Animal Industry Report

Extension Number

ASL R2040



Summary and Implications

To determine the efficacy of bioactive molecules for minimizing body fat accretion in mammals, an effective method for measuring changes in body fat must be used. In the current study, the precision and accuracy of the Dual Energy X-ray Absorptiometry (DEXA) estimates of the weight and tissue (fat, lean and bone mineral) content of two body depots (carcass and internal organs) were evaluated in heavy weight pigs (133-265 kg) serving as an obesity development model.

DEXA accurately estimated carcass weight, but underestimated the fat tissue contents and overestimated the lean tissue contents of both the carcass and organ depots relative to those estimated from chemical analysis of the fat and protein contents of the depots. However, DEXA precisely detected changes in carcass and organ depot weights (R2 = .99, .99 respectively) and less precisely detected changes in the depot’s chemically determined fat (R2 = .95, .73) and protein content (R2 = .88, .84). Specifically, for each 1 kg change in carcass and organ depot weights, DEXA predicted the changes with a 95 % confidence (2 SE of estimate) within ± .008 and .026 kg, respectively. For each 1 kg change in the two depot’s chemically determined fat content, DEXA predicted the change within ± .092 and .338 kg, respectively. In conclusion, DEXA is a method that can precisely detect changes in body composition in large, heavy weight pigs being used in a model of obesity development. I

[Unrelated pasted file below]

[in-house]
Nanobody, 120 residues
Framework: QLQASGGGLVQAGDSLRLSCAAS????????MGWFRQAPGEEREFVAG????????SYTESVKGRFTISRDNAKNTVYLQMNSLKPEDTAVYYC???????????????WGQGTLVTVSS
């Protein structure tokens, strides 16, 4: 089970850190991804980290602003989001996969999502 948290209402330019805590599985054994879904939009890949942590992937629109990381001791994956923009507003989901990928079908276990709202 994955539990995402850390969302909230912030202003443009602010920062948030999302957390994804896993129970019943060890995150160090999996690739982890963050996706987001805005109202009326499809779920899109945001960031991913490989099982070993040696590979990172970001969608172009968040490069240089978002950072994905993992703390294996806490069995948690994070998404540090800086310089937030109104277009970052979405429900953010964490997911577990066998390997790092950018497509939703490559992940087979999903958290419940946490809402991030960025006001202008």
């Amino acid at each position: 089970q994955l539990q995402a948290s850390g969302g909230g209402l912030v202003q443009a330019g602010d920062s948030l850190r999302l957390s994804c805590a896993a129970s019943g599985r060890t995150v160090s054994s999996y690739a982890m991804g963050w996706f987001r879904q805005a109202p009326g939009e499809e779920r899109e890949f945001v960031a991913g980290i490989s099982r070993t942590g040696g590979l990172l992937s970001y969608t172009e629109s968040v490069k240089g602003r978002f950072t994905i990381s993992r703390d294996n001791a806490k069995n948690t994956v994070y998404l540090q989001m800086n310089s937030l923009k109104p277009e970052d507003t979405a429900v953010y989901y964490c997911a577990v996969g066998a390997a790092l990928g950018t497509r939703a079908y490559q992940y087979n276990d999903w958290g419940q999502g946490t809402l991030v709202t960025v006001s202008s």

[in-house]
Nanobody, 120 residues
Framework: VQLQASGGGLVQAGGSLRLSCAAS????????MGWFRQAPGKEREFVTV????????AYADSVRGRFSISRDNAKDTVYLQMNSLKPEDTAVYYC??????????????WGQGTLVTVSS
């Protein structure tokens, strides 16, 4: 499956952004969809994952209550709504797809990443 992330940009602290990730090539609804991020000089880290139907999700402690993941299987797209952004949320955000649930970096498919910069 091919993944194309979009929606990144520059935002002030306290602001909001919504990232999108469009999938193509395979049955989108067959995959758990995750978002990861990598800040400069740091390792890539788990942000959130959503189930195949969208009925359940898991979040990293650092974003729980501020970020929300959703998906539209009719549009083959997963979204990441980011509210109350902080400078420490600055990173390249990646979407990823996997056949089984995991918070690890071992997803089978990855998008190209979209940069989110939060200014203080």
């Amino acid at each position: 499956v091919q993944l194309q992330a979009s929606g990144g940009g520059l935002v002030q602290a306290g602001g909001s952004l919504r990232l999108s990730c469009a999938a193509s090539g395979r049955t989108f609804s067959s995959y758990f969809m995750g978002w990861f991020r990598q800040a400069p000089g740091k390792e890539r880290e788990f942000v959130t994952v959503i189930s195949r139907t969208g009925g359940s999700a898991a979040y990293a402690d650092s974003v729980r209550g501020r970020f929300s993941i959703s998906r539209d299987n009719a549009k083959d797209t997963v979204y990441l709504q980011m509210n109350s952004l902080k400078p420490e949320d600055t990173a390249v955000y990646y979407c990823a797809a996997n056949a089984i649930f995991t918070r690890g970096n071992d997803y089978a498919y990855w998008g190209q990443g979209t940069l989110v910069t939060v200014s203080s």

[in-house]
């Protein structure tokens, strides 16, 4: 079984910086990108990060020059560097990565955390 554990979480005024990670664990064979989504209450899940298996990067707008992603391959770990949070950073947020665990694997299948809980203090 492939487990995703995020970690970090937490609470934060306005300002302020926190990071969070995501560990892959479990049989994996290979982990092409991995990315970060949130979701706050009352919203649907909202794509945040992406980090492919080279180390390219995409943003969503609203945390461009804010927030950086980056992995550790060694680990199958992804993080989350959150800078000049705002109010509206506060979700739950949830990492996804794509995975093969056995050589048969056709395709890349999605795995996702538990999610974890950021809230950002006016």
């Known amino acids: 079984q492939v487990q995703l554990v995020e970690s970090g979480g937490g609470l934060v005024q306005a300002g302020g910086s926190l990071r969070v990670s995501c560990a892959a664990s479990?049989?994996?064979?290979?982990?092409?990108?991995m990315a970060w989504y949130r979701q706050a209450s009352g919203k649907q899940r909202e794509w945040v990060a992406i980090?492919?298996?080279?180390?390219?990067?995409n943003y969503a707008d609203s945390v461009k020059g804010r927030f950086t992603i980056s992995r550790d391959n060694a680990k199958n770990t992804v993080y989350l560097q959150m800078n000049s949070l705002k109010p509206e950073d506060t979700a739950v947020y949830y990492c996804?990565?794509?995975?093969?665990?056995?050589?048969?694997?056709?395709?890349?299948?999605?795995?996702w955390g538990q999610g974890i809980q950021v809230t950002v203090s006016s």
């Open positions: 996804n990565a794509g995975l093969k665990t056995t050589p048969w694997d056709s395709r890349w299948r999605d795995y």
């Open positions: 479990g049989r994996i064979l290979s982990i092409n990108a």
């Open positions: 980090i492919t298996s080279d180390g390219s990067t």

Copyright Holder

Iowa State University